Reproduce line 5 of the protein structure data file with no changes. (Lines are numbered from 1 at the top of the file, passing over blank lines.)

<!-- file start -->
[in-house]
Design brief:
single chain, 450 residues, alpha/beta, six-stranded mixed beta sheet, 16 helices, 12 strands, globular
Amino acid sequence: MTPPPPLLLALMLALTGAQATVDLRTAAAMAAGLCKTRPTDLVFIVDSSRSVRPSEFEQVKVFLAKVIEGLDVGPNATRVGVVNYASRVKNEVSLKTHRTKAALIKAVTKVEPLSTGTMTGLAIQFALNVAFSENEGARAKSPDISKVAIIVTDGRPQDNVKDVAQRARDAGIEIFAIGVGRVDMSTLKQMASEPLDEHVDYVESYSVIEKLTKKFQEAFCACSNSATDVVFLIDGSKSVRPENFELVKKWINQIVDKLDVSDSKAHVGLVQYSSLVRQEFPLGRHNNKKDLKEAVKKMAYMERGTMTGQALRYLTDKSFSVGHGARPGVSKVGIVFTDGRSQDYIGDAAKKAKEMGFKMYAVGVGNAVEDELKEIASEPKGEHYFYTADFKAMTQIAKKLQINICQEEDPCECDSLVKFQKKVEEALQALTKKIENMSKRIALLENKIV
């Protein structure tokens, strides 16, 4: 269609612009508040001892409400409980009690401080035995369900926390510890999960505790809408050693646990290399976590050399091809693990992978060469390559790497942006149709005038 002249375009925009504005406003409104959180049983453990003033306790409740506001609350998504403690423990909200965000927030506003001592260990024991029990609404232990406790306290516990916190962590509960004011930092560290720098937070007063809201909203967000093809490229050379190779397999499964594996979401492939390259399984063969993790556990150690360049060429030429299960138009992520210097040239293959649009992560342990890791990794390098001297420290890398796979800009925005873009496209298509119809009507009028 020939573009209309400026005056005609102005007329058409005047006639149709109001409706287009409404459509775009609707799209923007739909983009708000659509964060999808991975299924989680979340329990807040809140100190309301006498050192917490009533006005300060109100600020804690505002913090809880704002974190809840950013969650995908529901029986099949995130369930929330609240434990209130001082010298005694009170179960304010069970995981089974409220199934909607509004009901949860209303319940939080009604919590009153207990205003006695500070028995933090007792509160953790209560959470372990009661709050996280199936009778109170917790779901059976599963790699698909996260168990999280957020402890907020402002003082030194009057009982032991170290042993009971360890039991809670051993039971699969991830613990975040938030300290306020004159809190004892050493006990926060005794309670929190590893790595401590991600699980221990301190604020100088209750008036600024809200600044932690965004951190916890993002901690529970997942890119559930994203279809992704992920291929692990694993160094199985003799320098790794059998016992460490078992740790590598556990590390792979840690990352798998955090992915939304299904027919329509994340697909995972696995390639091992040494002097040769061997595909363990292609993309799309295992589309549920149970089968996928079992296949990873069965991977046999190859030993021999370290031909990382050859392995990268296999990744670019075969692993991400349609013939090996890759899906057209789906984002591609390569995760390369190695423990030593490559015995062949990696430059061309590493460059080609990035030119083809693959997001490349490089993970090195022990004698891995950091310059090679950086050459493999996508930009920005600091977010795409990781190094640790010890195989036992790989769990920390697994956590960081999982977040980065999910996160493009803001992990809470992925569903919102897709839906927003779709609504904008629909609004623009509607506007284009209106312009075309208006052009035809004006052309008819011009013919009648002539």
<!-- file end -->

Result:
């Protein structure tokens, strides 16, 4: 269609612009508040001892409400409980009690401080035995369900926390510890999960505790809408050693646990290399976590050399091809693990992978060469390559790497942006149709005038 002249375009925009504005406003409104959180049983453990003033306790409740506001609350998504403690423990909200965000927030506003001592260990024991029990609404232990406790306290516990916190962590509960004011930092560290720098937070007063809201909203967000093809490229050379190779397999499964594996979401492939390259399984063969993790556990150690360049060429030429299960138009992520210097040239293959649009992560342990890791990794390098001297420290890398796979800009925005873009496209298509119809009507009028 020939573009209309400026005056005609102005007329058409005047006639149709109001409706287009409404459509775009609707799209923007739909983009708000659509964060999808991975299924989680979340329990807040809140100190309301006498050192917490009533006005300060109100600020804690505002913090809880704002974190809840950013969650995908529901029986099949995130369930929330609240434990209130001082010298005694009170179960304010069970995981089974409220199934909607509004009901949860209303319940939080009604919590009153207990205003006695500070028995933090007792509160953790209560959470372990009661709050996280199936009778109170917790779901059976599963790699698909996260168990999280957020402890907020402002003082030194009057009982032991170290042993009971360890039991809670051993039971699969991830613990975040938030300290306020004159809190004892050493006990926060005794309670929190590893790595401590991600699980221990301190604020100088209750008036600024809200600044932690965004951190916890993002901690529970997942890119559930994203279809992704992920291929692990694993160094199985003799320098790794059998016992460490078992740790590598556990590390792979840690990352798998955090992915939304299904027919329509994340697909995972696995390639091992040494002097040769061997595909363990292609993309799309295992589309549920149970089968996928079992296949990873069965991977046999190859030993021999370290031909990382050859392995990268296999990744670019075969692993991400349609013939090996890759899906057209789906984002591609390569995760390369190695423990030593490559015995062949990696430059061309590493460059080609990035030119083809693959997001490349490089993970090195022990004698891995950091310059090679950086050459493999996508930009920005600091977010795409990781190094640790010890195989036992790989769990920390697994956590960081999982977040980065999910996160493009803001992990809470992925569903919102897709839906927003779709609504904008629909609004623009509607506007284009209106312009075309208006052009035809004006052309008819011009013919009648002539």